OpenVPN: OpenVPN is very secure, open-source and widely used. Most VPN services support it, but except for Chrome OS and Linux, few operating systems do. This protocol can be used in either TCP (web) or UDP (streaming) mode; the latter is sloppier but faster. You'll need either the VPN service's client software or one of the many free alternatives. Either way, you'll still need to pay for the VPN service.
When purchasing VPN service from a provider, consider how much you want to pay. Some VPN hosts (such as Open VPN) do offer free services; however, they can be limited in their options. Since there are many competing VPN services, take the time to compare several different hosts by prices and the previously mentioned services they offer. You may be able to get all the services you want and need at a host with a cheaper cost than at another host.
CyberGhost is transparent about its company structure, posting photos and bios on its website of everyone from the CEO to the cleaning lady, and privacy fanatics will like that the company is based in Romania rather than the U.S. But CyberGhost's full-service subscription price is among the most expensive month by month — it's far better to just pay for a year at a time.
A VPN can be described as an encrypted tunnel that shuttles your internet activity between your PC or phone and a host server. While the internet is a public space, a VPN works by extending an invisibility cloak across the user's activity and allows people to send and receive data in a mostly-anonymous manner. In the simplest terms, a VPN makes it hard for someone to track your activity.
IPVanish can be run on any computer and mobile devices. It is capable of simultaneously using different types of connections. Paying with Bitcoin gives users additional security features as cryptocurrency cannot be tracked unlike government currency. This is because information required when paying with bitcoin are but an email address and a password.
There are several different VPN protocols, not all of which are used by all of the VPN services we reviewed. Most operating systems have built-in support for at least one of these protocols, which means you can use that protocol — and a willing VPN service — without client software. The full-fledged VPN services have online instructions for how to do this, as well as how to set up routers to connect directly to the services.

However, network performance is another thing entirely. First, keep in mind that if you're using a VPN, you're probably using it at a public location. That Wi-Fi service is likely to range in performance somewhere between "meh" and unusable. So, just the fact that you're remotely working on a mediocre network will reduce performance. But then, if you connect to a VPN in a different country, the connection between countries is also likely to degrade network performance.

Of course, there are more than just phones and computers in a home. Game systems, tablets, and smart home devices such as light bulbs and fridges all need to connect to the internet. Many of these things can't run VPN software on their own, nor can they be configured to connect to a VPN through their individual settings. In these cases, you may be better off configuring your router to connect with the VPN of your choice. By adding VPN protection to your router, you secure the traffic of every gadget connected to that router. And the router—and everything protected by it—uses just one of your licenses. Nearly all of the companies we have reviewed offer software for most consumer routers and even routers with preinstalled VPN software, making it even easier to add this level of protection.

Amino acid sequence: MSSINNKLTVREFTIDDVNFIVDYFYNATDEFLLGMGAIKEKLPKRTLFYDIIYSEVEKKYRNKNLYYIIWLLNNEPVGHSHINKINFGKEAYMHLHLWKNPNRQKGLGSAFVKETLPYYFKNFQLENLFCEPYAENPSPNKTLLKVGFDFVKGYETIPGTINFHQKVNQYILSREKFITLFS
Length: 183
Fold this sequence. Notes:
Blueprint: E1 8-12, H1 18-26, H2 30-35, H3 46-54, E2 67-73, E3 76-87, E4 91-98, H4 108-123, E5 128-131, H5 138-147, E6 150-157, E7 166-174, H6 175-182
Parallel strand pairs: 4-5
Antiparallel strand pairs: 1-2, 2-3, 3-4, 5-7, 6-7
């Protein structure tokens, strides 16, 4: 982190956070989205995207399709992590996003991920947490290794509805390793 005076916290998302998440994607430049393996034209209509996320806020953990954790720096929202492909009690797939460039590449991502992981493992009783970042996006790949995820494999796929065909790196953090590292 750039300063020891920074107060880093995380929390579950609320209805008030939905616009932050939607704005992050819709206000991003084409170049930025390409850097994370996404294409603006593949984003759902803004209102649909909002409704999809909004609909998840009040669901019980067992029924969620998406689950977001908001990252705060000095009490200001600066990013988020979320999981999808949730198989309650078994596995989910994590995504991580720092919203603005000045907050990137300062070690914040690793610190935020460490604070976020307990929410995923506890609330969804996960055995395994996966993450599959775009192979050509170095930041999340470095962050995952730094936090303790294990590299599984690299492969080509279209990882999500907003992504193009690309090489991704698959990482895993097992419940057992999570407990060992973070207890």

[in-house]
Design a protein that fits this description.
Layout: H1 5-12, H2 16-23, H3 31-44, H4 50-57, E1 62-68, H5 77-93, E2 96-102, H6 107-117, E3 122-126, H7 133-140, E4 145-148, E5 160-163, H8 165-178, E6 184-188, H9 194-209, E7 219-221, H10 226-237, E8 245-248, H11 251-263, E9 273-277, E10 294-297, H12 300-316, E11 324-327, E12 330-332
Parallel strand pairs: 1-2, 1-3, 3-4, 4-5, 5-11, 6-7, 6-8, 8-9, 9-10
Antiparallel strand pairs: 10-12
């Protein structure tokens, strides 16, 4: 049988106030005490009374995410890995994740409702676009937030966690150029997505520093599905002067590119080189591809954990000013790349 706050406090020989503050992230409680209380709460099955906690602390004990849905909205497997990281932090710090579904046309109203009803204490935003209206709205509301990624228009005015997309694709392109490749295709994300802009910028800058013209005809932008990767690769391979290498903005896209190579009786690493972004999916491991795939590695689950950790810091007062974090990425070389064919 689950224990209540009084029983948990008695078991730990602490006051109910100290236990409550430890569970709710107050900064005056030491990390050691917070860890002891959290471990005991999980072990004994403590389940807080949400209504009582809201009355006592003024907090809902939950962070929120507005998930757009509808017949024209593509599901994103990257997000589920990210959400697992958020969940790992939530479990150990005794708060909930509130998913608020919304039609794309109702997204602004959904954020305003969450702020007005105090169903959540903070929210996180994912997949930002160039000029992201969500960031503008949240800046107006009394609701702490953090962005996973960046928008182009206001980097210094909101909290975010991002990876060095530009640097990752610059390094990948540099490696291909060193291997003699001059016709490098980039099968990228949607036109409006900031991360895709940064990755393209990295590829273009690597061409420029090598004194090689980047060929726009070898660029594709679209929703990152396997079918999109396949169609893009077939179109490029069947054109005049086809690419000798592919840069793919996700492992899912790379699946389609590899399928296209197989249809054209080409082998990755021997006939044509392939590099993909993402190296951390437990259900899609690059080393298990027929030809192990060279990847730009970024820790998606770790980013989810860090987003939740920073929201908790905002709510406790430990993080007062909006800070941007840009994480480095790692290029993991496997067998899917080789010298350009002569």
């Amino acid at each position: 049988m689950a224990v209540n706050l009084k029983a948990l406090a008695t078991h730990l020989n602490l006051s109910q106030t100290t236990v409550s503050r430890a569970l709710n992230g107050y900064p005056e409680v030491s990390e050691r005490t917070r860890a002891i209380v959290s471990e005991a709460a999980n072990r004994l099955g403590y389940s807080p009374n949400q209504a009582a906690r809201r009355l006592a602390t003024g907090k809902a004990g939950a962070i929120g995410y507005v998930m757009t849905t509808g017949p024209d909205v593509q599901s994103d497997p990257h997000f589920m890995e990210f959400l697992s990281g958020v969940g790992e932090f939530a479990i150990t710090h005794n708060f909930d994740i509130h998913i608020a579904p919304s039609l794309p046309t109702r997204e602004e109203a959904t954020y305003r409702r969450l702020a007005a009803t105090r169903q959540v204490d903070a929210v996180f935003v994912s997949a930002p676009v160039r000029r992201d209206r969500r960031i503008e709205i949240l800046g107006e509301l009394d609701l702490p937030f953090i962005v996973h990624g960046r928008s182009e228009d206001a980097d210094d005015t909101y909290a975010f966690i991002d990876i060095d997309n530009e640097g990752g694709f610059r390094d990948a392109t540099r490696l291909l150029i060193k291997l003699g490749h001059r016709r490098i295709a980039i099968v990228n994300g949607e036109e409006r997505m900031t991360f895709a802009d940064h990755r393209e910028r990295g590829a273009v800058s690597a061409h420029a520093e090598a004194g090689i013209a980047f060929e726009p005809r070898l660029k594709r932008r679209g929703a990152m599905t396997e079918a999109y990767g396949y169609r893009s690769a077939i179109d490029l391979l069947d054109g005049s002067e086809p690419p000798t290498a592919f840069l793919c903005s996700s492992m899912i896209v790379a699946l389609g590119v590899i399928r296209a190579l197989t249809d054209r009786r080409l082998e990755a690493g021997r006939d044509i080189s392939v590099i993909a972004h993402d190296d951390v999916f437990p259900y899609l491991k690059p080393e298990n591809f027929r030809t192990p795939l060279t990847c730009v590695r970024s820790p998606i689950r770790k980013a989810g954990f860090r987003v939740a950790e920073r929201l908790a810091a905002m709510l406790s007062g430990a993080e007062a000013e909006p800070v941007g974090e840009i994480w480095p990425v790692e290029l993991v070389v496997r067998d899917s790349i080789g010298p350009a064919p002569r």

TorGuard offers applications for every major platform, including Windows, macOS, and Android. And unlike our top pick, it also supports OpenVPN on ChromeOS. (Though TorGuard does offer an iOS app, it doesn’t natively support the OpenVPN protocol that allows for the easiest and most reliable secure connections.) Using these apps, you can manually select a server, click Connect, and not worry about the rest. But otherwise, the applications aren’t as refined or easy to use as IVPN’s. New users are likely to find themselves out of their depth when modifying anything but the most basic functions, such as auto-connecting at launch or minimizing the app.

— Windscribe now supports static residential U.S.-based IP addresses and port forwarding.  The service has a new ad and tracking blocker called "R.O.B.E.R.T." There's also a new "build-a-plan" pricing scheme that charges you $1 per month per country you want to connect to, with 10GB of data per country included. Unlimited data for all the countries you choose costs another $1 per month.
Other features include a kill switch, which will shut down your Internet connection if you lose access to the VPN for whatever reason, and the ability to share encrypted connections as a secure wireless hotspot, if your router supports the feature. Windscribe also supports anonymous payment via Bitcoin and gift vouchers, and you don’t to provide an email address in order to sign up.
In conjunction with information security experts at The New York Times (parent company of Wirecutter), we reached out to our finalists with questions about their internal security practices. We asked how they handled internal security access, how they communicated securely with customers, in what ways they collected reports on security bugs, and of course whether their statements on logging policies matched their marketing and privacy policies. We also considered which companies had public-facing leadership or ownership, and which ones openly supported projects and organizations that promoted Internet security and privacy. (For a full breakdown of trust and VPNs, check out the section above.)

A virtual private network (VPN) extends a private network across a public network, and enables users to send and receive data across shared or public networks as if their computing devices were directly connected to the private network. Applications running across a VPN may therefore benefit from the functionality, security, and management of the private network.[1]